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Flood planning is an essential for UK business continuity managers

John Ball  AFBCI looks at  the UK National Flood Resilience Review from a business continuity manager’s perspective.

How wet can it get? That is the question that the National Flood Resilience Review has been considering since the report, that was commissioned in January 2016 after the UK winter floods, was published on the 12th of September. The 145 pages make a lengthy but interesting read, outlining some the work that has been going on with regard to flood defences so far.

The Environment Agency has developed an ‘extreme flood outlines’ map, which shows the expected reach of floods that are more extreme than those some of us faced this year. The report outlines the science that has been used to set these limits, which, it has to be said, are extreme circumstances.

Current work involves:

  • Establishment of a national infrastructure resilience council.
  • Temporary flood protection measures for some areas to be in place by Christmas 2016.
  • Road, rail and airport investment in flood resilience.
  • Protection of remote communities.
  • Identification of single points of failure – e.g. bridges that carry power and communications lines.
  • Acquisition of increased number of portable flood barriers.
  • Creation of a National Flood Response Asset Register – available via Resilience Direct.
  • Environment Agency to conduct a resilience exercise this autumn to test readiness to deploy new barrier assets, along with the Cabinet Office and Civil Contingencies Secretariat who will exercise their arrangements at the same time.
  • Core City Project: Sheffield will be the first to take part in this flood defence project, which if successful will be rolled out to our other major cities.
  • Autumn awareness campaign to be run by the Environment Agency about flooding.

The report also contains some detailed advice on warning and informing people about flooding and the language to be used in putting the information across.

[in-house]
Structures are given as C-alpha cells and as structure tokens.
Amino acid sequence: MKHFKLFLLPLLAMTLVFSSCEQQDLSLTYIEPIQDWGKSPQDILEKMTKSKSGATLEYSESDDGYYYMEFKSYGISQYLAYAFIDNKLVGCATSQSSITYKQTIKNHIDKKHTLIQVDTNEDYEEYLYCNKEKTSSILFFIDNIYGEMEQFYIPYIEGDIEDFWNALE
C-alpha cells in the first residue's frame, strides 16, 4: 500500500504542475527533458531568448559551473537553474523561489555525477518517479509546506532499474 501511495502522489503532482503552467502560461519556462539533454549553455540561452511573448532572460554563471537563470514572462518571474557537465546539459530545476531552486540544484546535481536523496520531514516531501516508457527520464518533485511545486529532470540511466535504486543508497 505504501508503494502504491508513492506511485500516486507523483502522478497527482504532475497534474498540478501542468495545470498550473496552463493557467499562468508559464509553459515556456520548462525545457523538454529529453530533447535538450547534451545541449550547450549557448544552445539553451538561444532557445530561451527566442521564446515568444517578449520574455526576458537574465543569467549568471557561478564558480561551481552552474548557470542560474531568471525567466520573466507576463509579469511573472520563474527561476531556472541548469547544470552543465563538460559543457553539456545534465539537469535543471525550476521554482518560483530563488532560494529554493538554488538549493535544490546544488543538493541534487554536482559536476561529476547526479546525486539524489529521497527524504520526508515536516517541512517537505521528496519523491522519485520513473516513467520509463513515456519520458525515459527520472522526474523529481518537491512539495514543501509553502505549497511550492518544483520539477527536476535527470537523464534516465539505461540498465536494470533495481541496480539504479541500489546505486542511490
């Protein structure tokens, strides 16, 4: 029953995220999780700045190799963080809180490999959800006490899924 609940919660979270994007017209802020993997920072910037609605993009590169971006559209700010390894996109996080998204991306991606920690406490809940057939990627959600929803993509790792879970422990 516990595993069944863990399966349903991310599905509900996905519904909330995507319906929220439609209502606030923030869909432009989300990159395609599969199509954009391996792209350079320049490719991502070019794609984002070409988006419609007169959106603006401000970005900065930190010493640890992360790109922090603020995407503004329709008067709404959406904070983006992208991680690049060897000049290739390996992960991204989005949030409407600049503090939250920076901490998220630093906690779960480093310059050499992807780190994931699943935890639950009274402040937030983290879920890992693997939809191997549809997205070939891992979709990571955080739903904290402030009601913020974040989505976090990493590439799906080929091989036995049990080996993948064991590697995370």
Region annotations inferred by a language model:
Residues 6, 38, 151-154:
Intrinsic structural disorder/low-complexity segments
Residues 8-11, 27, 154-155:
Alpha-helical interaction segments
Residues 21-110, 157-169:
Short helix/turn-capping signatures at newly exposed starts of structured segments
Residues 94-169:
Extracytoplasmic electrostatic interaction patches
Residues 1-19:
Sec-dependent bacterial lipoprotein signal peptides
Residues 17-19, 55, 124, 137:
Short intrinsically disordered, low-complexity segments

It seems that much has been done in this area since January with a great deal more to come, which can only be good news especially to those that have been flooded in the past.

The review only covers river and coastal flooding measures, it does not cover surface water flooding, which will be separated from this group in the National Risk Assessment for 2016. This is unfortunate, as surface water flooding has caused its fair share of damage and disruption in large urban areas.

A great many business continuity disruptions continue to be caused by water, either too much and the kit stops working, or none at all and you have to send staff home. I have recently visited a new public sector building that housed its main computer servers in the basement with overhead service pipes running all over the place. These buildings are in our midst.

I think that this report is a timely reminder about flooding and presents us with the opportunity to carry out a bit of integrated emergency management practice:

  • Anticipate - What happens if it floods
  • Assess – The impact on your operations
  • Prevent – Is there anything you can do to prevent or reduce the risk?
  • Protect - If asset or activity is key, protect against disruption: business continuity planning
  • Respond – response phase
  • Recover -  recovery management.

All in all, I think that it’s fair to say we can expect it to be wet this winter, but it’s going to get wetter, so be prepared.

The author

John Ball, AFBCI, was the BCI European Continuity /Resilience Manager of the Year 2016.

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